Scheduled System Maintenance:
On May 6th, single article purchases and IEEE account management will be unavailable from 8:00 AM - 12:00 PM ET (12:00 - 16:00 UTC). We apologize for the inconvenience.
By Topic

Evaporative spray cooling of power electronics using high temperature coolant

Sign In

Cookies must be enabled to login.After enabling cookies , please use refresh or reload or ctrl+f5 on the browser for the login options.

Formats Non-Member Member
$31 $13
Learn how you can qualify for the best price for this item!
Become an IEEE Member or Subscribe to
IEEE Xplore for exclusive pricing!
close button

puzzle piece

IEEE membership options for an individual and IEEE Xplore subscriptions for an organization offer the most affordable access to essential journal articles, conference papers, standards, eBooks, and eLearning courses.

Learn more about:

IEEE membership

IEEE Xplore subscriptions

4 Author(s)
Turek, L.J. ; Rini Technol. Inc., Oviedo, FL ; Rini, D.P. ; Saarloos, B.A. ; Chow, L.C.

A pressure atomized evaporative spray cooling nozzle array was used to thermally manage the power electronics of a 3 phase inverter module. The module tested was a COTS module manufactured by Semikron, Inc., and has a maximum DC power input of 180 kW (450 VDC and 400 A) with 25degC coolant. However, the standard heat sink that the module uses is a single phase liquid heat sink and when 100degC coolant is used (as in automotive applications), the maximum module power is de-rated to 45 kW so that the IGBT chips will not overheat. The module tested here incorporated a custom heat sink that allowed for the use of spray cooling nozzles, which were designed and developed by RTI. The spray liquid was a 50/50 mixture of water and propylene glycol (WPG) at a temperature of 100degC. The sprays impinged directly onto the bottom surface of the DBC boards to which the power electronics were mounted. This arrangement, combined with the high heat transfer coefficient of evaporative spray cooling, greatly reduced the thermal resistance of the power electronics material stack up, but did so without directly wetting the electronics. The results of this work were that the unique evaporative spray cooling nozzle design and patented electronics interface design allowed the module to be run to full power while keeping the IGBT junction temperatures acceptable, despite the high coolant temperature. The junction temperatures of the IGBT's were measured by electrically insulated type T thermocouples placed on top of the devices, and the thermocouple readings at the full load were within several degrees of one another. Consistent and uniform junction temperatures are an important factor in long term device reliability. For the standard heat sink, which uses single phase liquid cooling, the pressure drop and flow rate required for maximum heat removal would be 17 psi and 5.3 GPM. For the pressure atomizer spray nozzles, the module would require a pressure drop and flow rate of 40 psi and onl- y 2.7 GPM.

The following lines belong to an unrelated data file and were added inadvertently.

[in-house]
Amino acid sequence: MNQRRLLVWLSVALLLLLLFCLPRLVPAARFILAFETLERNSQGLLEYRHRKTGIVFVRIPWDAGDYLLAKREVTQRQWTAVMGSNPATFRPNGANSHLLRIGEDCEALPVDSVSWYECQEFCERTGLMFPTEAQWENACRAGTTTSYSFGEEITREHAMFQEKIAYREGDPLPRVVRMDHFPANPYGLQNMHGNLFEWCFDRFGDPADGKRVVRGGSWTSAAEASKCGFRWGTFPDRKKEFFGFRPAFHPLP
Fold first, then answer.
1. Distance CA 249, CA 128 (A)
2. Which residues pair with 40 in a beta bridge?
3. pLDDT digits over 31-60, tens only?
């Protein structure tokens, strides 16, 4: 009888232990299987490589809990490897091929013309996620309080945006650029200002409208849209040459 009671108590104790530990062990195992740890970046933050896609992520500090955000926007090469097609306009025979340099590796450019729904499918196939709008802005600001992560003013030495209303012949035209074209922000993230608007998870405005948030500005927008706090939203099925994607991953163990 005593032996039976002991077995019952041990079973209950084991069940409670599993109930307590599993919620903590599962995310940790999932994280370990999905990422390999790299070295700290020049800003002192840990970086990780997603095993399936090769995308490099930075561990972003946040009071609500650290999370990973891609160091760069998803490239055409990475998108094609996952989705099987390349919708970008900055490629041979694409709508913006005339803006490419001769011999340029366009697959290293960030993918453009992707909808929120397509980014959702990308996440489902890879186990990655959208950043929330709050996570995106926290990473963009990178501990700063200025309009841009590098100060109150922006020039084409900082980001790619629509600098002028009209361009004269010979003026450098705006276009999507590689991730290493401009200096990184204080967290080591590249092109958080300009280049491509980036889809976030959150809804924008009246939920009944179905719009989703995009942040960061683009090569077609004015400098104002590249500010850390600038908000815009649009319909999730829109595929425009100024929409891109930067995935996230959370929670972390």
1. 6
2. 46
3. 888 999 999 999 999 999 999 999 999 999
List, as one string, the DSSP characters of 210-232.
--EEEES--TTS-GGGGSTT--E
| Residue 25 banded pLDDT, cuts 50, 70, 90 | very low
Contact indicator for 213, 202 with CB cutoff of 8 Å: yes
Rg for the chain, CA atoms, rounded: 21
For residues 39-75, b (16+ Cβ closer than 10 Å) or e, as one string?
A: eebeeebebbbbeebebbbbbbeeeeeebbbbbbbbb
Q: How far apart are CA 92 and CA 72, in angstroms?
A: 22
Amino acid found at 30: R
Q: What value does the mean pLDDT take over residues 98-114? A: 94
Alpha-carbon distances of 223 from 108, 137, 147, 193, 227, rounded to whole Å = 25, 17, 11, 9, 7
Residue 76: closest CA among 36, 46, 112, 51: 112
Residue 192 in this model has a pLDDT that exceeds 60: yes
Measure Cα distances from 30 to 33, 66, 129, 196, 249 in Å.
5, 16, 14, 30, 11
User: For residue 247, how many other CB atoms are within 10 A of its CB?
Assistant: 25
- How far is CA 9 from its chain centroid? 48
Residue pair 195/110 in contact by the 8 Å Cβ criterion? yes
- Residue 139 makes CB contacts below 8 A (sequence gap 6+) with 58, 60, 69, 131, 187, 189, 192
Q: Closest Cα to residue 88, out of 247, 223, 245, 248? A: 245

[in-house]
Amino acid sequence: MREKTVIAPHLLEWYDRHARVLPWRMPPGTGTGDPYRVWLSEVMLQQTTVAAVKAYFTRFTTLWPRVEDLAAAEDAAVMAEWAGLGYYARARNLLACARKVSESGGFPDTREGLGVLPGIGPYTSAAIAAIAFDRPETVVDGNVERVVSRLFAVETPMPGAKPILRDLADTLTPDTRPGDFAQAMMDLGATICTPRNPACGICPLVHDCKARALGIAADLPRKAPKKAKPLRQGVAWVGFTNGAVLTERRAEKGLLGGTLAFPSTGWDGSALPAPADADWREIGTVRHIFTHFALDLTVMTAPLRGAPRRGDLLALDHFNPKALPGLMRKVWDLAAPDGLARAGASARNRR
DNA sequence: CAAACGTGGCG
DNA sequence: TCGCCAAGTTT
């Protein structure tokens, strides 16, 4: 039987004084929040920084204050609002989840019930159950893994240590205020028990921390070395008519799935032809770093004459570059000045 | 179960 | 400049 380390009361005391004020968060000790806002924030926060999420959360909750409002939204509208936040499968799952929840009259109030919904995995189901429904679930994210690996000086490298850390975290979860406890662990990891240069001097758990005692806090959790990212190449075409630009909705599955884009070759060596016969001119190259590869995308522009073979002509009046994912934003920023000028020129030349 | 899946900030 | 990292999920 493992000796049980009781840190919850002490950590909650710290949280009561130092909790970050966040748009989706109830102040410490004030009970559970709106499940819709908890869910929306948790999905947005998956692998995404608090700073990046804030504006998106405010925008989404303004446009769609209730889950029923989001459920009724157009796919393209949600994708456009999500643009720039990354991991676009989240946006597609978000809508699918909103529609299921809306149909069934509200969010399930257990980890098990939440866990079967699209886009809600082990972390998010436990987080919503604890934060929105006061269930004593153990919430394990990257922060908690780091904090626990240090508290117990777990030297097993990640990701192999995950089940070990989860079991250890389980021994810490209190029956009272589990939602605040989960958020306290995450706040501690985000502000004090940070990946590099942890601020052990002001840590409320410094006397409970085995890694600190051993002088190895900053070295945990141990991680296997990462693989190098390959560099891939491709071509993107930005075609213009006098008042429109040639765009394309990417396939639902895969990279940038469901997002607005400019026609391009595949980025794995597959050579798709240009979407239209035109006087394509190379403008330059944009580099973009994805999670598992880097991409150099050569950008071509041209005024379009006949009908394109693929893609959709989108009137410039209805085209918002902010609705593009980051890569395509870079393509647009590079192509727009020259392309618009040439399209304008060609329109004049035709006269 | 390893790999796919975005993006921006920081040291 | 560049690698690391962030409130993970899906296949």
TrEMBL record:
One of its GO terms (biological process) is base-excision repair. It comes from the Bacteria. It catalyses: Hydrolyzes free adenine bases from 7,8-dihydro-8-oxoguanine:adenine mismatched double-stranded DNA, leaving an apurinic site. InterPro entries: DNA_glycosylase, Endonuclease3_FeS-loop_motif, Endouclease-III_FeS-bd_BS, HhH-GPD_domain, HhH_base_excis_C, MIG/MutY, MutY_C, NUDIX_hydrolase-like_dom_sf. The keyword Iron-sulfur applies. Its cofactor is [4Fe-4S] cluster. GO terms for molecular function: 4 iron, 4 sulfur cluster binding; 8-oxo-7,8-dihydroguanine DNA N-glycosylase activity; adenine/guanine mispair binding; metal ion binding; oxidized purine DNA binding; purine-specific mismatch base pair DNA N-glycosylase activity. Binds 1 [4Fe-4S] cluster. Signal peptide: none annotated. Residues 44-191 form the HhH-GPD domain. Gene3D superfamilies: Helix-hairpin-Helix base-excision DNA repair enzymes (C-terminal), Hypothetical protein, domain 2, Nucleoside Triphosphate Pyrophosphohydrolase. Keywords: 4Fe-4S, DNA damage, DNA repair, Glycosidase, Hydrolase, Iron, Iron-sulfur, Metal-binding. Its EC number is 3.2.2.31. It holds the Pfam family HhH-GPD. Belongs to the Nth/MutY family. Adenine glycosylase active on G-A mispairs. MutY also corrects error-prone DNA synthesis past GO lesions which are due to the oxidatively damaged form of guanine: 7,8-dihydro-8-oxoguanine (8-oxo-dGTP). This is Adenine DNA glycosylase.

Published in:

Thermal and Thermomechanical Phenomena in Electronic Systems, 2008. ITHERM 2008. 11th Intersociety Conference on

Date of Conference:

28-31 May 2008